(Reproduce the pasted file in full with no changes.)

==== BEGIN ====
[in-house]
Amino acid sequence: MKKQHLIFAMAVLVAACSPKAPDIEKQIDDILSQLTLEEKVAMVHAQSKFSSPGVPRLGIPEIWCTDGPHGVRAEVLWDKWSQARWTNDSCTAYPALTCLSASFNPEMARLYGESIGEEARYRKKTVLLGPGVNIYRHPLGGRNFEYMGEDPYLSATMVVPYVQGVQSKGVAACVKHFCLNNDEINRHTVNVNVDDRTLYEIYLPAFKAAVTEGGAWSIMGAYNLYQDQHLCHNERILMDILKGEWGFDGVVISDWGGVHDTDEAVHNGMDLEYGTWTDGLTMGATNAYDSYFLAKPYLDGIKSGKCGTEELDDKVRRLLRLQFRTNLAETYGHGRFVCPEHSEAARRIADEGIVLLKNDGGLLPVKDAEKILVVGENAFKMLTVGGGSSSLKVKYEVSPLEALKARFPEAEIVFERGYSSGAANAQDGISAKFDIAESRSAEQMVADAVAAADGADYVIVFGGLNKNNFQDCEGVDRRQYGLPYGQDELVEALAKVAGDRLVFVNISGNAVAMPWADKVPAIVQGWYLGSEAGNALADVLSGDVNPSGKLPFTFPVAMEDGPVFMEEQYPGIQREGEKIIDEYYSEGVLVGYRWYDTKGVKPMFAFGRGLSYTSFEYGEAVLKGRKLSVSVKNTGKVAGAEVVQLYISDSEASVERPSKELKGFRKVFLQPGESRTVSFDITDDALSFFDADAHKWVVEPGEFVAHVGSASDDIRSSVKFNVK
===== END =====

[in-house]
Amino acid sequence: MKKQHLIFAMAVLVAACSPKAPDIEKQIDDILSQLTLEEKVAMVHAQSKFSSPGVPRLGIPEIWCTDGPHGVRAEVLWDKWSQARWTNDSCTAYPALTCLSASFNPEMARLYGESIGEEARYRKKTVLLGPGVNIYRHPLGGRNFEYMGEDPYLSATMVVPYVQGVQSKGVAACVKHFCLNNDEINRHTVNVNVDDRTLYEIYLPAFKAAVTEGGAWSIMGAYNLYQDQHLCHNERILMDILKGEWGFDGVVISDWGGVHDTDEAVHNGMDLEYGTWTDGLTMGATNAYDSYFLAKPYLDGIKSGKCGTEELDDKVRRLLRLQFRTNLAETYGHGRFVCPEHSEAARRIADEGIVLLKNDGGLLPVKDAEKILVVGENAFKMLTVGGGSSSLKVKYEVSPLEALKARFPEAEIVFERGYSSGAANAQDGISAKFDIAESRSAEQMVADAVAAADGADYVIVFGGLNKNNFQDCEGVDRRQYGLPYGQDELVEALAKVAGDRLVFVNISGNAVAMPWADKVPAIVQGWYLGSEAGNALADVLSGDVNPSGKLPFTFPVAMEDGPVFMEEQYPGIQREGEKIIDEYYSEGVLVGYRWYDTKGVKPMFAFGRGLSYTSFEYGEAVLKGRKLSVSVKNTGKVAGAEVVQLYISDSEASVERPSKELKGFRKVFLQPGESRTVSFDITDDALSFFDADAHKWVVEPGEFVAHVGSASDDIRSSVKFNVK